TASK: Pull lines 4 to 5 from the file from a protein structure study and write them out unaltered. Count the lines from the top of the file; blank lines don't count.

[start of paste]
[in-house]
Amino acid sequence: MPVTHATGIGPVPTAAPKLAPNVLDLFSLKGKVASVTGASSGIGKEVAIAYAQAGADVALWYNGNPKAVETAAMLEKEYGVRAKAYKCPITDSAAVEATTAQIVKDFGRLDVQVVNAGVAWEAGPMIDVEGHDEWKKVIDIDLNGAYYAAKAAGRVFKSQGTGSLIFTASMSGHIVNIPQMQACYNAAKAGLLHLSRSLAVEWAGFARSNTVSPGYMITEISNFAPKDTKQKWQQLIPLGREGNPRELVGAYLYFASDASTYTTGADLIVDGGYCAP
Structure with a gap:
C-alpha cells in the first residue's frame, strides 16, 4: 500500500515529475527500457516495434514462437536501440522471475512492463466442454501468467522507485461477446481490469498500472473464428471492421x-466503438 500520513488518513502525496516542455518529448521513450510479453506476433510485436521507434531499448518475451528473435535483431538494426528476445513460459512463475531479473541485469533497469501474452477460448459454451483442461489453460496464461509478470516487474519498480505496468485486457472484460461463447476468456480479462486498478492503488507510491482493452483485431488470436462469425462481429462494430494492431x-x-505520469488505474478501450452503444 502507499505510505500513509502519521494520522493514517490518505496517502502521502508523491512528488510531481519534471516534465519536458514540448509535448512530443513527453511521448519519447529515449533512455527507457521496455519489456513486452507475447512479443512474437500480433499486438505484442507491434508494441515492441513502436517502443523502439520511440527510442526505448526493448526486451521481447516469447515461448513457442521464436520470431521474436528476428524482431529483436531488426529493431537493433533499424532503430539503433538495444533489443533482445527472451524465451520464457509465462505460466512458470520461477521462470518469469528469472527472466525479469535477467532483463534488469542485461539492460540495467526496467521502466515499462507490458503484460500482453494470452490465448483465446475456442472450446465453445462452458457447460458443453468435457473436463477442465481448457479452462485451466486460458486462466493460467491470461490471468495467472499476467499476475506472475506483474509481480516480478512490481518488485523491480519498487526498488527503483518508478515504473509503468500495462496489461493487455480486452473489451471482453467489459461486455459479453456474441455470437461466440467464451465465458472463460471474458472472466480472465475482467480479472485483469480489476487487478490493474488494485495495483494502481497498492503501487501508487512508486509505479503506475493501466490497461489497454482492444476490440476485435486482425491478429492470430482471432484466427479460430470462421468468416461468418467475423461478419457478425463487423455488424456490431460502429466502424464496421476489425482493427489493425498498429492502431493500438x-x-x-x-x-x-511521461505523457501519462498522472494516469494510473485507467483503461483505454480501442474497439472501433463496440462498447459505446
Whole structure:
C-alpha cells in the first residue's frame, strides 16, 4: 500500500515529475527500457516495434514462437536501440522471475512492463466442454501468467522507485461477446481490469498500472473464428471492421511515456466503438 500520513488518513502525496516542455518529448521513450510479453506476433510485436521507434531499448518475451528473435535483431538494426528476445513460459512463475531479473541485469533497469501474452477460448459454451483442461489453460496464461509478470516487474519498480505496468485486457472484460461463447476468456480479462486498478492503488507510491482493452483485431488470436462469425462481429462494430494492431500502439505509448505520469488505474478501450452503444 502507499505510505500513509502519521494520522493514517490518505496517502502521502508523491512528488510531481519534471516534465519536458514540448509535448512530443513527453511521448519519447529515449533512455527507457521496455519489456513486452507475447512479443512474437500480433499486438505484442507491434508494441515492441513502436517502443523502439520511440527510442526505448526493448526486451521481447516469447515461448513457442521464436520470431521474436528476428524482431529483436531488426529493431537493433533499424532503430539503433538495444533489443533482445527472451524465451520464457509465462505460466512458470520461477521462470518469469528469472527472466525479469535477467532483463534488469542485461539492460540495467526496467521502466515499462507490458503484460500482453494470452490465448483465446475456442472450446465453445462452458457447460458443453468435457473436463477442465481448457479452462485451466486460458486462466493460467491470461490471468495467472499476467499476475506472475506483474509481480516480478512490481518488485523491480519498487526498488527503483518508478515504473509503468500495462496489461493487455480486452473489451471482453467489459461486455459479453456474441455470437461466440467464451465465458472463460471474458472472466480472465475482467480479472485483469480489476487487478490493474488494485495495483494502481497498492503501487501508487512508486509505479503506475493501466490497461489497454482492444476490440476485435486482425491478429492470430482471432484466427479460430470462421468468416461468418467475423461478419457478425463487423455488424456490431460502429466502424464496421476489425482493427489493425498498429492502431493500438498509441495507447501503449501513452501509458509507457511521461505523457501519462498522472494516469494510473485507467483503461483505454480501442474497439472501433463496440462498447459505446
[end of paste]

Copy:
C-alpha cells in the first residue's frame, strides 16, 4: 500500500515529475527500457516495434514462437536501440522471475512492463466442454501468467522507485461477446481490469498500472473464428471492421x-466503438 500520513488518513502525496516542455518529448521513450510479453506476433510485436521507434531499448518475451528473435535483431538494426528476445513460459512463475531479473541485469533497469501474452477460448459454451483442461489453460496464461509478470516487474519498480505496468485486457472484460461463447476468456480479462486498478492503488507510491482493452483485431488470436462469425462481429462494430494492431x-x-505520469488505474478501450452503444 502507499505510505500513509502519521494520522493514517490518505496517502502521502508523491512528488510531481519534471516534465519536458514540448509535448512530443513527453511521448519519447529515449533512455527507457521496455519489456513486452507475447512479443512474437500480433499486438505484442507491434508494441515492441513502436517502443523502439520511440527510442526505448526493448526486451521481447516469447515461448513457442521464436520470431521474436528476428524482431529483436531488426529493431537493433533499424532503430539503433538495444533489443533482445527472451524465451520464457509465462505460466512458470520461477521462470518469469528469472527472466525479469535477467532483463534488469542485461539492460540495467526496467521502466515499462507490458503484460500482453494470452490465448483465446475456442472450446465453445462452458457447460458443453468435457473436463477442465481448457479452462485451466486460458486462466493460467491470461490471468495467472499476467499476475506472475506483474509481480516480478512490481518488485523491480519498487526498488527503483518508478515504473509503468500495462496489461493487455480486452473489451471482453467489459461486455459479453456474441455470437461466440467464451465465458472463460471474458472472466480472465475482467480479472485483469480489476487487478490493474488494485495495483494502481497498492503501487501508487512508486509505479503506475493501466490497461489497454482492444476490440476485435486482425491478429492470430482471432484466427479460430470462421468468416461468418467475423461478419457478425463487423455488424456490431460502429466502424464496421476489425482493427489493425498498429492502431493500438x-x-x-x-x-x-511521461505523457501519462498522472494516469494510473485507467483503461483505454480501442474497439472501433463496440462498447459505446
Whole structure: